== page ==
Blackhawk power conditioner is estimated by this method at 235 kW.h per day.


Regression Analysis for Weather Normalization

In order to correctly separate the effects of ambient temperature on building cooling

requirements and the operation of the Blackhawk power conditioner, the hourly energy

consumption at the facility was used as the dependent variable in all linear regression

models, with daily cooling degree days and a dummy variable for operation of the

Blackhawk unit as independent variables. For July 22, 2013, the dummy variable value was set to 0.5 for 1/2 day of operation.


Three formulations were evaluated:


1 Daily energy consumption vs. same day cooling degree days and Blackhawk

 dummy variable


2 Daily energy consumption vs. prior day cooling degree days and Blackhawk dummy variable

3 Daily energy consumption vs. average of same and prior day cooling degree

 days and Blackhawk dummy variable


Model 3, using a moving average of the current and prior cooling degree days was the

best fit model, with the following results:


Daily Energy Consumption   Constant       Cooling Degree Days             Blackhawk

Estimate                                       5550.4                                  150.6                     -350.4

Variance                                         107.7                                    60.0                      183.5

Statistically Significant                      Yes                                     Yes                         Yes


This method indicates that the effect of the Blackhawk power conditioner is a reduction

of 350.4 kW.h per day, temperature normalized. This is a reduction of 6.2% in energy

consumption for the facility.


Using the temperature adjustment factor of 150.6 kW.h/day consumption per cooling

degree day (2 day average), one can also adjust the previous estimate for savings

derived from the sub-samples.


Comparing the two sub-sample periods, cooling degree days totaled 22.5 during the

period when the Blackhawk was operating, and 5.5 when it was not operating. The

difference of 17 degree days between the sample periods would add another 2560.2

kW.h or 284.6 kW.h per day to the savings attributable to the Blackhawk over the nine

day sample periods. Adding this to the estimate of 235 kW.h per day savings from the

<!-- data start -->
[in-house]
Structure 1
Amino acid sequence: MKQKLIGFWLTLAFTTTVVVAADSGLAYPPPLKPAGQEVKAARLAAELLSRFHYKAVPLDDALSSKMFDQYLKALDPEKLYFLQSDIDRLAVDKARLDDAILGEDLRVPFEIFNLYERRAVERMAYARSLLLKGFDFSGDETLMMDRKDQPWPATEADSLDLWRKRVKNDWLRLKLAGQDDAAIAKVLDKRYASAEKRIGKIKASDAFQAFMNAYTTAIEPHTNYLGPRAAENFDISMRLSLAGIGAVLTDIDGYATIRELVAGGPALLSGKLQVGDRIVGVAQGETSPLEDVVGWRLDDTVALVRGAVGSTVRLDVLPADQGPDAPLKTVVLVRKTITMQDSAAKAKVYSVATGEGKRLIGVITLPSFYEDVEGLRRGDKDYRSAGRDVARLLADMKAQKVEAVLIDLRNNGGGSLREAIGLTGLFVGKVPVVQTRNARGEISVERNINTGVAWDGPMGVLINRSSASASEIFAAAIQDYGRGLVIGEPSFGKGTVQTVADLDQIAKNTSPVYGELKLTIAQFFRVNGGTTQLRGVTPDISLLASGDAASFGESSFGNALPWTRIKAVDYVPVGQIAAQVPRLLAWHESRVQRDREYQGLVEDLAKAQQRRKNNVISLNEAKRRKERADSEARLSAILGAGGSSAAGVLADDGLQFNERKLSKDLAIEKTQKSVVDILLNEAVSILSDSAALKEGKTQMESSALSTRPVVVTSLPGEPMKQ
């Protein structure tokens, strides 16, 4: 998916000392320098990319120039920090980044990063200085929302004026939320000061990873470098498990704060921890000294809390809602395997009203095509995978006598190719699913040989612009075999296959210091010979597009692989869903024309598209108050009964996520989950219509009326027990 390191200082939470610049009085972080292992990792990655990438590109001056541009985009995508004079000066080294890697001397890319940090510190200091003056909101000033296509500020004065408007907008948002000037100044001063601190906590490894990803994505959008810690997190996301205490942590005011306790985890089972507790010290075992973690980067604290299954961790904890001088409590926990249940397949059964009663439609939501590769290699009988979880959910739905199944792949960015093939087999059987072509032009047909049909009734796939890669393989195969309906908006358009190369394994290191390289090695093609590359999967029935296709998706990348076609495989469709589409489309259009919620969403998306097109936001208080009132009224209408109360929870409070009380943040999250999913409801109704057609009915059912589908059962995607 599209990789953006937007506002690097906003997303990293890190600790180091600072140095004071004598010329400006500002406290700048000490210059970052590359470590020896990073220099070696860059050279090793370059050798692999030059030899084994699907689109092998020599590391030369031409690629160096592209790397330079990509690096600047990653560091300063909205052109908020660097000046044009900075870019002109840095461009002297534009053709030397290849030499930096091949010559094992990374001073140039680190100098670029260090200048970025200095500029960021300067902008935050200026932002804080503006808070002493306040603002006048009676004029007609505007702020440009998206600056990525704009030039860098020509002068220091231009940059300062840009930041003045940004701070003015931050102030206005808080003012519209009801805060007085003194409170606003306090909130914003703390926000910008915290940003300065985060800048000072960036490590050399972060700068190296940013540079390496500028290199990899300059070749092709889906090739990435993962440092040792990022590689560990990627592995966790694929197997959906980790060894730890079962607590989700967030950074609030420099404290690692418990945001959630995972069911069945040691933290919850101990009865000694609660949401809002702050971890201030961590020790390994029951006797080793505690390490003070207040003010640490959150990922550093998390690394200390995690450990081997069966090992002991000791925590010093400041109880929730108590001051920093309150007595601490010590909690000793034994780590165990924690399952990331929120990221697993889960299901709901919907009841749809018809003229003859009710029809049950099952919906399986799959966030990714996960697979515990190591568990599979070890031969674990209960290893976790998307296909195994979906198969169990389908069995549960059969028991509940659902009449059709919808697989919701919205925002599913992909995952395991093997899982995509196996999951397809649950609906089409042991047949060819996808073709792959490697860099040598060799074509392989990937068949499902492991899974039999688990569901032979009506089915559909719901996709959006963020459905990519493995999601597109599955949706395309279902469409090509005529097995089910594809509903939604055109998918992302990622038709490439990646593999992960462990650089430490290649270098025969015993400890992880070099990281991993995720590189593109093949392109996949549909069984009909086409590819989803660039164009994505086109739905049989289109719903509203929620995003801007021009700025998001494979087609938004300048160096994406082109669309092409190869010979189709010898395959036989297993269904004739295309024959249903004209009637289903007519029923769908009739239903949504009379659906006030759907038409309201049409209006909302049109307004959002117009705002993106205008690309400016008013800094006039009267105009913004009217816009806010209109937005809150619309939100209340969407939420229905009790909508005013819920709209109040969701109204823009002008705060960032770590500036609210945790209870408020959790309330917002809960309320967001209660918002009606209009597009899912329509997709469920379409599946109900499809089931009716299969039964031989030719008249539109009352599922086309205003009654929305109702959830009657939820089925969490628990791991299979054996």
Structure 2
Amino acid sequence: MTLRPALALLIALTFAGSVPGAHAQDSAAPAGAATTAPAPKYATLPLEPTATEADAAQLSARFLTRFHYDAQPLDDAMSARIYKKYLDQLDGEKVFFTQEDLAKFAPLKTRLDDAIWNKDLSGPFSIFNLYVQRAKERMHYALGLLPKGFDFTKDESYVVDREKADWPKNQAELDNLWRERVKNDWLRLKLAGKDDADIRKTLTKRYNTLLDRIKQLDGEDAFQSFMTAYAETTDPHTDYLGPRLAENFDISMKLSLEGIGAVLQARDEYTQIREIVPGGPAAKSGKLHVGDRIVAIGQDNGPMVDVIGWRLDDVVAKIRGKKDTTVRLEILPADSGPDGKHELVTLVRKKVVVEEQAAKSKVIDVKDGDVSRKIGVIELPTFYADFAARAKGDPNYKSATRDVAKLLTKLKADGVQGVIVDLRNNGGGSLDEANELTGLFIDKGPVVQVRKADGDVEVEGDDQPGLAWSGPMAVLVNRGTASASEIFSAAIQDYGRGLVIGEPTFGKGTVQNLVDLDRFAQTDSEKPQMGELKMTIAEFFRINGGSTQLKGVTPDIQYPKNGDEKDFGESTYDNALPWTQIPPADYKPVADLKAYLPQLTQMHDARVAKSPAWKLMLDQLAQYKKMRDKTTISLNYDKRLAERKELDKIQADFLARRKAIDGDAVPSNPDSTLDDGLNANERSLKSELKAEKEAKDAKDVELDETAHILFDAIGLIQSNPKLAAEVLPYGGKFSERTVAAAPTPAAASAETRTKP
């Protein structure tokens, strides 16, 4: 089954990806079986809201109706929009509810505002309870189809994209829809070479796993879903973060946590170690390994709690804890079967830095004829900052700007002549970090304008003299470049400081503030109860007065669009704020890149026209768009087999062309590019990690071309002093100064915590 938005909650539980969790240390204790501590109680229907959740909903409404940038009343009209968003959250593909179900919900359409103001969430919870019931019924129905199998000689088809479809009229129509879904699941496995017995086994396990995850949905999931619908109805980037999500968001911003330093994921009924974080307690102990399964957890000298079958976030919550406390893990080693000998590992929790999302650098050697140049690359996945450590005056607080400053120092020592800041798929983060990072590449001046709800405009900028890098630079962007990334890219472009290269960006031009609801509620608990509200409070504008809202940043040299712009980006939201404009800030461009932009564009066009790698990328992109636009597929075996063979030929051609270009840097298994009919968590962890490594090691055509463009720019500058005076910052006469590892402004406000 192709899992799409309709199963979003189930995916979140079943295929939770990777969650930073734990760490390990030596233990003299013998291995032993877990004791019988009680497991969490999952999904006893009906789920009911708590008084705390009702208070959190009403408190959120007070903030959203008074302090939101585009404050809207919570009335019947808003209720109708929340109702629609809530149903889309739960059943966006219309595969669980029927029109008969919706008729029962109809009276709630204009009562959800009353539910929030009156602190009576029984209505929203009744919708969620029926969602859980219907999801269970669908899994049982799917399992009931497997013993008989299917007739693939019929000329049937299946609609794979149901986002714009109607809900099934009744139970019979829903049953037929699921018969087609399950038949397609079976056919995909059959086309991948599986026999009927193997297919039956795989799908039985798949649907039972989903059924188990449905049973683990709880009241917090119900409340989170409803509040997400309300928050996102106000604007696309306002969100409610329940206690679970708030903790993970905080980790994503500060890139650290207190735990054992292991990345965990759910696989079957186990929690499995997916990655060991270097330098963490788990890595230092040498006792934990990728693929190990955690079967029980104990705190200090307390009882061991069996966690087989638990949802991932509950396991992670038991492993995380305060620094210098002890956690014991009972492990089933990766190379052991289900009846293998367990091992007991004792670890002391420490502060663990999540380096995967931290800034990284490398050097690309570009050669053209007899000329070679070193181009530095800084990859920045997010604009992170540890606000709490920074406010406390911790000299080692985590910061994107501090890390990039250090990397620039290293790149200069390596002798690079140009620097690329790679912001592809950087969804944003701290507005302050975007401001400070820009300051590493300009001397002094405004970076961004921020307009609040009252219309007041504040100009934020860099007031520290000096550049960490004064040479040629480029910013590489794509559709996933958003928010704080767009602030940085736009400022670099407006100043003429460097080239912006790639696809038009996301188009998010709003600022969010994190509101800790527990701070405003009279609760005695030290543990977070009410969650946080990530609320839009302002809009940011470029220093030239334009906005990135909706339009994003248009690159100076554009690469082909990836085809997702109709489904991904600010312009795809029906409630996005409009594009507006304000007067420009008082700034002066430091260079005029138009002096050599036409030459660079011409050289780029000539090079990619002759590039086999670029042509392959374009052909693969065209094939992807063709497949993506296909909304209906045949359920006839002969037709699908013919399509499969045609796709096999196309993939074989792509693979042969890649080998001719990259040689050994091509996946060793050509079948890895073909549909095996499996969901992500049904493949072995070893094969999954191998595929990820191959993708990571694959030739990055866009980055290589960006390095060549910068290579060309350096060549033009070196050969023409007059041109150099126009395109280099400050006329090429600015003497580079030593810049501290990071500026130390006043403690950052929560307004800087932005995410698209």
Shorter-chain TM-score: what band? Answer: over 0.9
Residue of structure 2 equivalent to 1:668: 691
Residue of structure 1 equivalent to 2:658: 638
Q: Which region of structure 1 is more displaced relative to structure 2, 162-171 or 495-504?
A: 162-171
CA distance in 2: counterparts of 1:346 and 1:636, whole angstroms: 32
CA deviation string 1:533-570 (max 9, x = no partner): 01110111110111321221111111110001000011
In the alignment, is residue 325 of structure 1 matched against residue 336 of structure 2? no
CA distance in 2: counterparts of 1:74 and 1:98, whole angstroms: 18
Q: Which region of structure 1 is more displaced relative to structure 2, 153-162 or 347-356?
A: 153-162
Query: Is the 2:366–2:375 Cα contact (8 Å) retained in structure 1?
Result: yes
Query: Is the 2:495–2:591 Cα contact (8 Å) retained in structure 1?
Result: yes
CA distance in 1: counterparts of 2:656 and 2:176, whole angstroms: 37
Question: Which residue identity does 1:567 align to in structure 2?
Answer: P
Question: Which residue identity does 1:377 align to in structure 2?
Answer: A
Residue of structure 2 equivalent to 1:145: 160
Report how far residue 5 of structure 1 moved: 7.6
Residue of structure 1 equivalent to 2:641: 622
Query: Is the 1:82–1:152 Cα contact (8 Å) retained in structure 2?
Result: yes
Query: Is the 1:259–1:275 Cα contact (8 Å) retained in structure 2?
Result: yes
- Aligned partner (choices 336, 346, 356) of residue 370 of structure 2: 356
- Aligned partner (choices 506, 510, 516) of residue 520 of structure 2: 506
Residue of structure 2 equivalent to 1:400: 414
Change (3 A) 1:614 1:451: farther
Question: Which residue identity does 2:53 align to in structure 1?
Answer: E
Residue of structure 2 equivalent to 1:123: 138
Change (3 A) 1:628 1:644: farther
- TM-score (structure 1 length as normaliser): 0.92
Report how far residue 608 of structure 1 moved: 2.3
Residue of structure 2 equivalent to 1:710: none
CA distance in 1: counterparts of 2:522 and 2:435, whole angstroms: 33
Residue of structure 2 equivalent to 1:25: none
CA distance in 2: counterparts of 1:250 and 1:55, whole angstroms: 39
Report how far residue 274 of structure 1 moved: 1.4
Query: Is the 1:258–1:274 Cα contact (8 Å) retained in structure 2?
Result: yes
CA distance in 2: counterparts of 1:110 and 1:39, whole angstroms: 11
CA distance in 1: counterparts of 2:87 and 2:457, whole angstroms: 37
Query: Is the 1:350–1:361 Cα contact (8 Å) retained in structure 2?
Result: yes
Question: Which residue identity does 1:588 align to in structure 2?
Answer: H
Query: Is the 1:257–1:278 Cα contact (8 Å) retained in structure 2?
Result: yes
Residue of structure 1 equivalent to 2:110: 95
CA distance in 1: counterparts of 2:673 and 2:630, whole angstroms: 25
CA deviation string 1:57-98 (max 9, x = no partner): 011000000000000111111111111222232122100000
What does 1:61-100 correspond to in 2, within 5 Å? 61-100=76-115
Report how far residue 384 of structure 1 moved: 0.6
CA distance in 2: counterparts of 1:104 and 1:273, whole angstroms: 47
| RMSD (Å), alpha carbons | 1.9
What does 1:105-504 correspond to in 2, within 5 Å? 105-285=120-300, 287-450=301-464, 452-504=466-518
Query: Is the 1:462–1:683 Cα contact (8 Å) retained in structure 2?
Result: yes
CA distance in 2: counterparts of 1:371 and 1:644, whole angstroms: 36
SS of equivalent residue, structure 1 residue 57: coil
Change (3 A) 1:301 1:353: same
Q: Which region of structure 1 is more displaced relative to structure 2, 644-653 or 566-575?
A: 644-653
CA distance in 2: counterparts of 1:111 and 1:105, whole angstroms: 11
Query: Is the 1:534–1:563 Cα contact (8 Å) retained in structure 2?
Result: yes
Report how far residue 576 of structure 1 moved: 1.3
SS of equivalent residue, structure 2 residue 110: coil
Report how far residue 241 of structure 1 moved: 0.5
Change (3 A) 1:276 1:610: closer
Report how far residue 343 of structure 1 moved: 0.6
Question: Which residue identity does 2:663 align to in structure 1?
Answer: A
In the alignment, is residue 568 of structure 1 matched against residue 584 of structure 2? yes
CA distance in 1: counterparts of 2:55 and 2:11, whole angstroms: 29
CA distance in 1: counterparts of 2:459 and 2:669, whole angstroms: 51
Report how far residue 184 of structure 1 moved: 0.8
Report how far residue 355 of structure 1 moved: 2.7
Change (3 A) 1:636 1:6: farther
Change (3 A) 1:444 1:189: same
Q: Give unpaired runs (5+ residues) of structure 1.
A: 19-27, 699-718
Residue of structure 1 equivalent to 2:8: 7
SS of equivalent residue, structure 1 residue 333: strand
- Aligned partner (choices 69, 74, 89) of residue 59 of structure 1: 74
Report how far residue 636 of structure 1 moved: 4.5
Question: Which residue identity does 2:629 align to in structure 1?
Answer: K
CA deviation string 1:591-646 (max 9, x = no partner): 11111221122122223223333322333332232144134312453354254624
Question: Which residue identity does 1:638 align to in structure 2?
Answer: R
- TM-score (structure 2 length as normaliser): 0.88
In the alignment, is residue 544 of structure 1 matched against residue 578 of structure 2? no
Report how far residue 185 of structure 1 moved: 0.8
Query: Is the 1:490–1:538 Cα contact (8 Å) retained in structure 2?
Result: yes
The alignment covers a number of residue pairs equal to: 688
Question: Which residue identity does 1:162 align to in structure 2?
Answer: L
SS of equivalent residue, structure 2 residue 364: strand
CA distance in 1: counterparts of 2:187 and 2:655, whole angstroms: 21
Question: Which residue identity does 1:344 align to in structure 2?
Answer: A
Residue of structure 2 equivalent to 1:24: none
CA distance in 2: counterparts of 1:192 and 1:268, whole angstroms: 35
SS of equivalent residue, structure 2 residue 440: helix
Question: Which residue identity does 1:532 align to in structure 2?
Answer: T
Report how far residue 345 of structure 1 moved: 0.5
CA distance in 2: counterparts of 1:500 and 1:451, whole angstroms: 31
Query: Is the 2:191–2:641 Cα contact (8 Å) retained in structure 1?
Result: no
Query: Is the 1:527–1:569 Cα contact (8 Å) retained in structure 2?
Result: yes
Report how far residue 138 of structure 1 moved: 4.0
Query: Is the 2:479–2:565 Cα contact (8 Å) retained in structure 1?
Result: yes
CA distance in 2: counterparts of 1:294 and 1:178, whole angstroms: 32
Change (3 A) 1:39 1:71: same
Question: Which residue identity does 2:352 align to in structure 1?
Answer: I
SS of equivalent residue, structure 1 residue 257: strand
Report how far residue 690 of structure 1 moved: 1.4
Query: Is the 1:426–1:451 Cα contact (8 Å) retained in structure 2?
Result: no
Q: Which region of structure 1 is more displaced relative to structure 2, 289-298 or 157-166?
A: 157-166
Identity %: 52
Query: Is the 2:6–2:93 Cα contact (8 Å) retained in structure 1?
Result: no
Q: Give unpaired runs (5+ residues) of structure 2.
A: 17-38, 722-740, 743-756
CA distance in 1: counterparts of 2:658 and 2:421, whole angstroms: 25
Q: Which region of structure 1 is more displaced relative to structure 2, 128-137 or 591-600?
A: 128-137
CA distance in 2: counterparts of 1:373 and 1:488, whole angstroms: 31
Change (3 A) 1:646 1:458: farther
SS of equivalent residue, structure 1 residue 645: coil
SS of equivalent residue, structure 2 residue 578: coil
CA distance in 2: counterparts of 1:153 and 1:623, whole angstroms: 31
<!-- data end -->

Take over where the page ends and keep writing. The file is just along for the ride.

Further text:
sub-sample analysis totals 519 kW.h savings per day.


As the regression analysis explicitly accounts for temperature difference and is

statistically the best, linear, unbiased estimate of the underlying parameters, the

estimate of 350.4 kW.h per day savings is used for subsequent economic analysis. The

higher value determined by adjusting the sub-sample analysis corroborates and

validates this estimate as conservative and reasonable.


Energy Conclusion

After adjusting for differences in cooling degree days over the sample periods, the

Blackhawk power conditioner is estimated to have saved 350.4 kW.h per day of

operation. Extending these savings for one year, annual energy savings are estimated

to be 127,750 kW.h. At 900 kg of CO2 produced per 1,000 kW.h (1 MW.h) of Alberta electricity generation, greenhouse gas reductions associated with this installation are estimated to be 115 tonnes per year.


Economic Evaluation

The facility is served by EPCOR Distribution on rate DAS-TOU applicable to commercial

or industrial facilities using between 150 and 5,000 kVA. This rate uses peak kW to

determine demand charges and an on-peak charge per kW.h of $0.00854.


The rate paid for electric energy has not been provided, but is estimated at $0.075 per

kW.h. Estimating that 60% of energy consumed is on-peak, the effective rate per kW.h

is $0.08124.


Annual savings from use of the Blackhawk power conditioner at the facility are

estimated to be $10,378. The installed cost of the unit was $16,805. Simple payback on

the device is 1.6 years. The 10 year rate of return on investment is estimated to be



No estimate of improvements to equipment life have been included in this estimate. In

the author’s experience, extended equipment life is a significant factor in power factor

correction investments.



David Gray BA,MBA,MM

President, Gray Energy Economics Inc.

August 27, 2013